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Flashfood CEO Says App Drives Loyalty for Grocers With Deal-Seeking Shoppers

Flashfood: App Drives Loyalty for Grocers With Deal-Seeking Shoppers

As consumers look for lower-priced grocery options amid ongoing budgetary pressures, Flashfood is seeing its eCommerce marketplace, which sells food that would otherwise go to waste at discounted prices, boost grocers’ sales.

In an interview with PYMNTS, Nicholas Bertram, who was announced as CEO of the company Wednesday (Jan. 17), explained that the app, which partners with grocers to offer deals on products nearing their expiration dates, drives overall traffic and sales for grocers.

“Through surveys, we know factually that the majority of people who come in to pick up their Flashfood order are also walking into the store and picking something else up,” Bertram said. “That’s why we strategically positioned the Flashfood zone past the point of purchase. … Most of the shoppers, I think, usually go and pick up the other things that they want, and then pick up their Flashfood order on the way out.”

Consumers are looking for deals on their groceries. The PYMNTS Intelligence report “Consumer Inflation Sentiment Report: Consumers Cut Back by Trading Down,” which was based on a study of more than 2,000 U.S. consumers, found that 57% have cut down on nonessential grocery purchasing amid inflation. Plus, 47% have switched to merchants with lower prices for at least one grocery product, and one-third have traded down from their favorite grocery brands to less expensive alternatives.

Bertram said more people are using the app for the deals it offers than for the ethical reasons, such as looking to reduce food waste.

“Less than 10% of our users in surveys chose Flashfood because of the impact on the planet, …which is fine,” Bertram said. “Consumers make their choices. They chose us because we save them money.”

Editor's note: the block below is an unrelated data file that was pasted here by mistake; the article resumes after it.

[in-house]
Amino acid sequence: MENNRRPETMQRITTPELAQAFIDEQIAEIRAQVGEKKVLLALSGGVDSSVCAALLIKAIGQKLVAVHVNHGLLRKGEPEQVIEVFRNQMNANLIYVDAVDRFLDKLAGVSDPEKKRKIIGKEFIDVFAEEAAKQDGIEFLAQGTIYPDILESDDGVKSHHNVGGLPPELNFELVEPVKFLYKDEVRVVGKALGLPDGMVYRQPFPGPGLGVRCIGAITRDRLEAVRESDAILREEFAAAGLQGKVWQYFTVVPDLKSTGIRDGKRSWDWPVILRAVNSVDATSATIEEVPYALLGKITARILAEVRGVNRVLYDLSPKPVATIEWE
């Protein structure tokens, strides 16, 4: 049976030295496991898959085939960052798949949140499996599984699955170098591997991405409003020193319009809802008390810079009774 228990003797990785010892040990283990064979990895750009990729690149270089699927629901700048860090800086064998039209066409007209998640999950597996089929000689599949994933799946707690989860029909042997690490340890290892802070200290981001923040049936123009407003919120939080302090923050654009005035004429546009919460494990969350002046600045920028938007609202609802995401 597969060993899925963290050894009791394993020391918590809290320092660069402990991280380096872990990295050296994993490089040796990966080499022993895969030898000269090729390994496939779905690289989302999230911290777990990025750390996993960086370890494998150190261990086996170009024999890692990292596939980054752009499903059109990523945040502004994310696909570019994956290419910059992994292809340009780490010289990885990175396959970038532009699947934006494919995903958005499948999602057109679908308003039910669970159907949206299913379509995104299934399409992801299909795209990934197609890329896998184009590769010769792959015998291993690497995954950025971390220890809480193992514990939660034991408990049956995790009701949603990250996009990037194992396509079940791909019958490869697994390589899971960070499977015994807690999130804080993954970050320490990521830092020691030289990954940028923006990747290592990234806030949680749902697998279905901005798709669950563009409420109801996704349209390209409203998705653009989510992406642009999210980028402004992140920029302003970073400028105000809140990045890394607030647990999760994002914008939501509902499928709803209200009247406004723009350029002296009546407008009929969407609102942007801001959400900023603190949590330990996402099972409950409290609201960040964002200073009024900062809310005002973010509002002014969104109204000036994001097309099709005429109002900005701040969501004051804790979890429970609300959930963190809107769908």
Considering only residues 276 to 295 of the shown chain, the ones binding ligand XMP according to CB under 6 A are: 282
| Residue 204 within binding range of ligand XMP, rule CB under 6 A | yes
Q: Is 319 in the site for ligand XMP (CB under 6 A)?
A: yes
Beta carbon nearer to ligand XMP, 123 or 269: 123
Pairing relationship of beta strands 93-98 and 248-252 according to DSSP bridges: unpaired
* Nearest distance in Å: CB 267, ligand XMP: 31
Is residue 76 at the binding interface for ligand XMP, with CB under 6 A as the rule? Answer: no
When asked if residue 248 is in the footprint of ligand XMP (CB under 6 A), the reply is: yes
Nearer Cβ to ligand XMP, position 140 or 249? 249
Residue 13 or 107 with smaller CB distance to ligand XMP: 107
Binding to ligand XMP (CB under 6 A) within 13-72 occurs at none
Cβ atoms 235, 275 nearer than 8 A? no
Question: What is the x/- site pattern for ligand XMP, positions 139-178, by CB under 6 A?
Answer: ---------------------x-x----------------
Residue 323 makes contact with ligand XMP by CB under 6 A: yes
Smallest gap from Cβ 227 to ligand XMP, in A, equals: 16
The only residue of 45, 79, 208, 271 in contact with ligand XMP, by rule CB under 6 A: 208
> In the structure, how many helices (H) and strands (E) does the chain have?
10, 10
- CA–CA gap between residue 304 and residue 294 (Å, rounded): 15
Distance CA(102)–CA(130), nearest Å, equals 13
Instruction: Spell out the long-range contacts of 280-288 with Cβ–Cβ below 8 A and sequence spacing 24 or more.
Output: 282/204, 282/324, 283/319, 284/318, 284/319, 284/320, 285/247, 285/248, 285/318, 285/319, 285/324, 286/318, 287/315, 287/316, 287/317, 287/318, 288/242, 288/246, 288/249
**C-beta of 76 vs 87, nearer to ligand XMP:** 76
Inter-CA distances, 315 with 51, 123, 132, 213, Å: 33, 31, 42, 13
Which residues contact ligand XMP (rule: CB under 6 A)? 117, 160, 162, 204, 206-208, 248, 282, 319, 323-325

Bertram added that the “excitement” of seeing what the deals are on a day-to-day basis also drives usage, with a select group of “power users” returning to the app daily to be the first to get good deals.

Consumers, for their part, are becoming increasingly comfortable using apps and other digital platforms to buy groceries. The PYMNTS Intelligence report “Consumer Interest in an Everyday App” revealed that 61% of those who had shopped for groceries in the previous month did so via connected devices at least some of the time.

Plus, the new PYMNTS Intelligence report “The Online Features Driving Consumers to Shop With Brands, Retailers or Marketplaces,” which drew from a survey of more than 3,500 U.S. consumers, found that 77% are very or extremely satisfied with their experiences buying groceries on online marketplaces.

Looking at the year ahead, Bertram said he envisions rapid growth in both the app’s user base and its retailer partnerships. The company could expand internationally beyond North America. He said now that the app can prove its benefits for grocers, the company has an easier time finding partners.

“What retailers really want more than anything else is traffic,” Bertram said. “And once we had the data to really prove our hypothesis that we were bringing incremental traffic, and we were actually statistically increasing the loyalty of the shoppers, that changed [things] big time.”